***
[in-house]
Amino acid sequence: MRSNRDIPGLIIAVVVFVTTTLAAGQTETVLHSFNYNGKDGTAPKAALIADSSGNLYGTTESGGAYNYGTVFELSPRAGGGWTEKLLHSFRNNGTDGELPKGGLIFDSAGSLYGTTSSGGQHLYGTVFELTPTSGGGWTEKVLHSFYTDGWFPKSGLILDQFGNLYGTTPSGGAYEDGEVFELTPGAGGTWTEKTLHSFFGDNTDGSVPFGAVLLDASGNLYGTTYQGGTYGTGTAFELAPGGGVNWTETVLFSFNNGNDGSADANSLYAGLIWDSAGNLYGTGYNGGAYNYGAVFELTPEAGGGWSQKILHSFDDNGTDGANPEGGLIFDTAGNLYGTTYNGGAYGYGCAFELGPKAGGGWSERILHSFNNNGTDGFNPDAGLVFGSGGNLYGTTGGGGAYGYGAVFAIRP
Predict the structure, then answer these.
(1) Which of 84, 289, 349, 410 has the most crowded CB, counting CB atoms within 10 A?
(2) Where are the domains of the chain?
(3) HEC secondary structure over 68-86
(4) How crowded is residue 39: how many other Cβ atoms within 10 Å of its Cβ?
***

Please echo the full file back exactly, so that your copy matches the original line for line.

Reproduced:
[in-house]
Amino acid sequence: MRSNRDIPGLIIAVVVFVTTTLAAGQTETVLHSFNYNGKDGTAPKAALIADSSGNLYGTTESGGAYNYGTVFELSPRAGGGWTEKLLHSFRNNGTDGELPKGGLIFDSAGSLYGTTSSGGQHLYGTVFELTPTSGGGWTEKVLHSFYTDGWFPKSGLILDQFGNLYGTTPSGGAYEDGEVFELTPGAGGTWTEKTLHSFFGDNTDGSVPFGAVLLDASGNLYGTTYQGGTYGTGTAFELAPGGGVNWTETVLFSFNNGNDGSADANSLYAGLIWDSAGNLYGTGYNGGAYNYGAVFELTPEAGGGWSQKILHSFDDNGTDGANPEGGLIFDTAGNLYGTTYNGGAYGYGCAFELGPKAGGGWSERILHSFNNNGTDGFNPDAGLVFGSGGNLYGTTGGGGAYGYGAVFAIRP
Predict the structure, then answer these.
(1) Which of 84, 289, 349, 410 has the most crowded CB, counting CB atoms within 10 A?
(2) Where are the domains of the chain?
(3) HEC secondary structure over 68-86
(4) How crowded is residue 39: how many other Cβ atoms within 10 Å of its Cβ?